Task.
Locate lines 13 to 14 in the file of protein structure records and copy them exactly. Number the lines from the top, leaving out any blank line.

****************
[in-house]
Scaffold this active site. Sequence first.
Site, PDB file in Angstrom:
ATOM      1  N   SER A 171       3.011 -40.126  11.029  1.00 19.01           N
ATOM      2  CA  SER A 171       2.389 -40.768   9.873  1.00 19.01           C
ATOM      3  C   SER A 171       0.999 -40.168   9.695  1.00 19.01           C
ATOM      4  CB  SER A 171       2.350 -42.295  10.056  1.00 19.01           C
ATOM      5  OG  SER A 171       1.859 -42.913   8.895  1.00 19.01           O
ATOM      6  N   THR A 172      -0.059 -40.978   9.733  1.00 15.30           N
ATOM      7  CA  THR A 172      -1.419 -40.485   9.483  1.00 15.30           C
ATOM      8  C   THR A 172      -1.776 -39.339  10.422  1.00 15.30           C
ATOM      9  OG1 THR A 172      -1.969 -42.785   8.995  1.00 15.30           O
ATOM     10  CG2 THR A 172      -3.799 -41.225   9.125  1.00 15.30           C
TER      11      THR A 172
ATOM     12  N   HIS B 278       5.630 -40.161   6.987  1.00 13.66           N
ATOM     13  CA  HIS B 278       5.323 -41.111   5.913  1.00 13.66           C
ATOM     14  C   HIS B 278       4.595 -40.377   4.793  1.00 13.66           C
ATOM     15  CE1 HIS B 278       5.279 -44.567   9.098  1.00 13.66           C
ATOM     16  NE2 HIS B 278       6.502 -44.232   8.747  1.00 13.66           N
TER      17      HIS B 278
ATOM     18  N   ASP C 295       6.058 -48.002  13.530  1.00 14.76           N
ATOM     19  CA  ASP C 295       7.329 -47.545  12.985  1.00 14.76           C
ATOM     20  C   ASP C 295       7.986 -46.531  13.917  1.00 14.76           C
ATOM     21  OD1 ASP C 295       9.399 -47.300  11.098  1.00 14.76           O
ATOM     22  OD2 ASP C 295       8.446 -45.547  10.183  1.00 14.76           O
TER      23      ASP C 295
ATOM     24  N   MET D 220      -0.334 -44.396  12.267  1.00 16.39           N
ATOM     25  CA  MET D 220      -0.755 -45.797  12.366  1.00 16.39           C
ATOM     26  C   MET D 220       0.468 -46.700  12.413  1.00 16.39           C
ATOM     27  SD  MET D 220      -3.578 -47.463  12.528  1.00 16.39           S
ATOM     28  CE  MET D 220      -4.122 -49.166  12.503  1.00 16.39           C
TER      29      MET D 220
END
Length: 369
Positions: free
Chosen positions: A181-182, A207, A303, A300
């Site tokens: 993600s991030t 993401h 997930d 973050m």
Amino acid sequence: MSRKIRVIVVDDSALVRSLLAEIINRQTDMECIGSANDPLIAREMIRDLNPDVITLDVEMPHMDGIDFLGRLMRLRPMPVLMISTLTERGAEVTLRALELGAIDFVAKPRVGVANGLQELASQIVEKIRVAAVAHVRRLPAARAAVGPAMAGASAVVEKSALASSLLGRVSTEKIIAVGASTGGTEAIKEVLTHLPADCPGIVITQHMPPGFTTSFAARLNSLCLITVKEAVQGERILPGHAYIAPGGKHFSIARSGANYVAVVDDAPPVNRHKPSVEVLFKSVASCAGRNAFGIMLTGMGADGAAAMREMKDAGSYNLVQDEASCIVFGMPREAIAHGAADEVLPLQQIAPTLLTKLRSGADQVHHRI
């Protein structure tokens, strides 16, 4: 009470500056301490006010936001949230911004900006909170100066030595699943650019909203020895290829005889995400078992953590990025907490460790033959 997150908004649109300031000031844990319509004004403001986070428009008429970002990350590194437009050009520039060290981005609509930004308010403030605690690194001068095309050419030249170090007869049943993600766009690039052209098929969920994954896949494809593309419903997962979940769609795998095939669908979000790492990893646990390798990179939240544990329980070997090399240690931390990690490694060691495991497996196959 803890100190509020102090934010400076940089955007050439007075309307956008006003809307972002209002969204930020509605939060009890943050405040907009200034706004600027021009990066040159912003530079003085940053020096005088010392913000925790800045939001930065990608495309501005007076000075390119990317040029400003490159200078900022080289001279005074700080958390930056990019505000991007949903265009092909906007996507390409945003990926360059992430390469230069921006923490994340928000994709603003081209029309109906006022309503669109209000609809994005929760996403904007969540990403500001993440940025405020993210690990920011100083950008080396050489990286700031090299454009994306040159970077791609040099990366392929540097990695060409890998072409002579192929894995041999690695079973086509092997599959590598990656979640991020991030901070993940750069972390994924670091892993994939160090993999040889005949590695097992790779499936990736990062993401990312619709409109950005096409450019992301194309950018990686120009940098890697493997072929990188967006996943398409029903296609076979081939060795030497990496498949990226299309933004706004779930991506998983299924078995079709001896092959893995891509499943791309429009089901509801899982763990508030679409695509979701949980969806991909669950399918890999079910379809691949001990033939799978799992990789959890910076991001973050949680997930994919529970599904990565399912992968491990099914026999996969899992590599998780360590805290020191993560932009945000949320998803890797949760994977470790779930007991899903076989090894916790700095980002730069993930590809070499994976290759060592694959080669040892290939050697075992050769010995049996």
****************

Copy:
ATOM     10  CG2 THR A 172      -3.799 -41.225   9.125  1.00 15.30           C
TER      11      THR A 172